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Libertatia (also known as Libertalia) is said to have been a free communalist colony forged by pirates under the leadership of Captain James Misson in the late 1600s. Whether or not Libertatia actually existed is disputed. It is described in the book A General History of the Pyrates by Captain Charles Johnson, an otherwise unknown individual who may have been a pseudonym of Daniel Defoe.[1] Much of the book is a mixture of fact and fiction, and it is possible the account of Libertatia is entirely fabricated.[1]

Libertatia is said to have consisted of an enclave within north Madagascar and to have lasted for about twenty five years. The precise location is not known, however, most sources say it stretched from the Bay of Antongil to Mananjary, including Ile Sainte Marie and Foulpointe. Thomas Tew, the Provençal Misson and an Italian Dominican priest named Caraccioli were involved in founding it.

Contents

Description

The pirate utopia's motto was "for God and liberty," and its flag was white, in contrast to a Jolly Roger. They were anarchist, waging war against states and lawmakers, attacking their ships, sparing prisoners, and freeing slaves. They called themselves Liberi, and lived under a communal city rule, a sort of worker owned corporation of piracy. They had articles (shared codes of conduct), and used elected systems of re-callable delegates.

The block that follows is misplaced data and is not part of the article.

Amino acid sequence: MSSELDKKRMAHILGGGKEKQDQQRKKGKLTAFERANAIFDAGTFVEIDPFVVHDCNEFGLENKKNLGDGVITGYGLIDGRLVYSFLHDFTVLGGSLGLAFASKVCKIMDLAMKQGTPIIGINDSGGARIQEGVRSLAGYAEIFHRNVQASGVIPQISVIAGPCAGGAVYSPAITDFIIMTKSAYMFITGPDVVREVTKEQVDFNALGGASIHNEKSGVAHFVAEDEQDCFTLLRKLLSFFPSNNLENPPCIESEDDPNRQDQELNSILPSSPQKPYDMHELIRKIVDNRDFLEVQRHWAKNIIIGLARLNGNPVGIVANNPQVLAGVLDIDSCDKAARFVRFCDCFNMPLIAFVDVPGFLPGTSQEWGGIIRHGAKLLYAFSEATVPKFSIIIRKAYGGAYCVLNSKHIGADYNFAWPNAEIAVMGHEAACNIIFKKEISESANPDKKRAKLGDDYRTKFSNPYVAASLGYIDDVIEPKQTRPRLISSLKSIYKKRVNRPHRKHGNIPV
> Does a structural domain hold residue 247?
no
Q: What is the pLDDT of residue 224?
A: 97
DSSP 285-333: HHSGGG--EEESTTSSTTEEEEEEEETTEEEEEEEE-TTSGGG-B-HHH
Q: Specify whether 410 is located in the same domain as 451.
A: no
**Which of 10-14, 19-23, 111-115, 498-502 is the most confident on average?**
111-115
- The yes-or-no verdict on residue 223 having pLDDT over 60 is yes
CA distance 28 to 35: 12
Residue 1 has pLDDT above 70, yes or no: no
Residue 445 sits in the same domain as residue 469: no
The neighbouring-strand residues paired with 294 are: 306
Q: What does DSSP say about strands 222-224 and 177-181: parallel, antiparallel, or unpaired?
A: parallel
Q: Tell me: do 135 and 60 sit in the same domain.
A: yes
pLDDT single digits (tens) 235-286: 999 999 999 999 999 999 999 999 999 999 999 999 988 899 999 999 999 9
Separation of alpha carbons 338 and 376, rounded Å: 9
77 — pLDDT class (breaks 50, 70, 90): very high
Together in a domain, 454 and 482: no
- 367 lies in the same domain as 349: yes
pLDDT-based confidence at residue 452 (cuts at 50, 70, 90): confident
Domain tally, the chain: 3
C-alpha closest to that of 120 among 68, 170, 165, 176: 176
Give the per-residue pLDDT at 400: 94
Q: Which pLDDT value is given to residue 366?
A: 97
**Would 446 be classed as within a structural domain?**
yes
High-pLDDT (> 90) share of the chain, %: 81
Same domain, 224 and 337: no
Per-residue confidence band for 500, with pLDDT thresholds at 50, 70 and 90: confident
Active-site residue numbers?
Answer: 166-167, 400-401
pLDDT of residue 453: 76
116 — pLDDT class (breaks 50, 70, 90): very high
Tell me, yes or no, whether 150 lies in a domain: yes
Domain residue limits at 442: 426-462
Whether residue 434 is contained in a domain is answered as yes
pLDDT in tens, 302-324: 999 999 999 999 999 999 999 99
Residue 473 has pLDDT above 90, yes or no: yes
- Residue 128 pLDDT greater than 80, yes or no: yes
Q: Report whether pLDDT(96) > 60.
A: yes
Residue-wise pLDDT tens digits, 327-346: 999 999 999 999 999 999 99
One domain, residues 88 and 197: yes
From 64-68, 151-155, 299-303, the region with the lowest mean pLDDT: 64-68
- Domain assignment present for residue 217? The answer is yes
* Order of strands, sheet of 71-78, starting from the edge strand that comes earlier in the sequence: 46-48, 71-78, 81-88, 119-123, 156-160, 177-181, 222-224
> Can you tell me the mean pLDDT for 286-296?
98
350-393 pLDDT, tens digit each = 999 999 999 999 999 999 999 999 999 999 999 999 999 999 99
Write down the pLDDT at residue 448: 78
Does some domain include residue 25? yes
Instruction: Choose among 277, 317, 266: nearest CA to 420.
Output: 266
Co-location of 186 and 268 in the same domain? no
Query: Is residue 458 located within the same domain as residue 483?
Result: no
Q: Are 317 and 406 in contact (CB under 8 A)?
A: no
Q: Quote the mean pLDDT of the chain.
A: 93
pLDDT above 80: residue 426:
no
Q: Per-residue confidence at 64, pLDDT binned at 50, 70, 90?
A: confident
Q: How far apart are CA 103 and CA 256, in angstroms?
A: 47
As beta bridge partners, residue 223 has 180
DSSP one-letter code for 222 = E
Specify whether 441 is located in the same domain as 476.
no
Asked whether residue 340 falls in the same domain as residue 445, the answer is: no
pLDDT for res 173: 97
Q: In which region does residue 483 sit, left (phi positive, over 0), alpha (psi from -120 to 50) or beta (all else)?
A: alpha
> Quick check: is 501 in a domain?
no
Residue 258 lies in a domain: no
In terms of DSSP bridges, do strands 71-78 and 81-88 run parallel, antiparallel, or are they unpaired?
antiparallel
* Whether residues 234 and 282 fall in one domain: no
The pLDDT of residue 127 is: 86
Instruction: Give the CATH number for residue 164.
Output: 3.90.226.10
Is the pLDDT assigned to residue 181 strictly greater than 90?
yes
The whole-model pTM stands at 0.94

Misson was French, born in Provence, and it was while in Rome on leave from the French warship Victoire that he lost his faith, disgusted by the decadence of the Papal Court. In Rome he ran into Caraccioli - a "lewd Priest" who over the course of long voyages with little to do but talk, gradually converted Misson and a sizeable portion of the rest of the crew to his way of thinking:

…he fell upon Government, and shew'd, that every Man was born free, and had as much Right to what would support him, as to the Air he respired... that the vast Difference betwixt Man and Man, the one wallowing in Luxury, and the other in the most pinching Necessity, was owing only to Avarice and Ambition on the one Hand, and a pusillanimous Subjection on the other.

Embarking on a career of piracy, the 200 strong crew of the Victoire called upon Misson to be their captain. They shared the wealth of the ship, deciding "all should be in common." All decisions were to be put to "the Vote of the whole Company." Thus they set out on their new "Life of Liberty." Off the west coast of Africa they captured a Dutch slave ship. The slaves were freed and brought aboard the Victoire, Misson declaring that "the Trading for those of our own Species, cou'd never be agreeable to the Eyes of divine Justice: That no Man had Power of Liberty of another" and that "he had not exempted his Neck from the galling Yoak of Slavery, and asserted his own Liberty, to enslave others." At every engagement they added to their numbers with new French, English and Dutch recruits, and freed African slaves.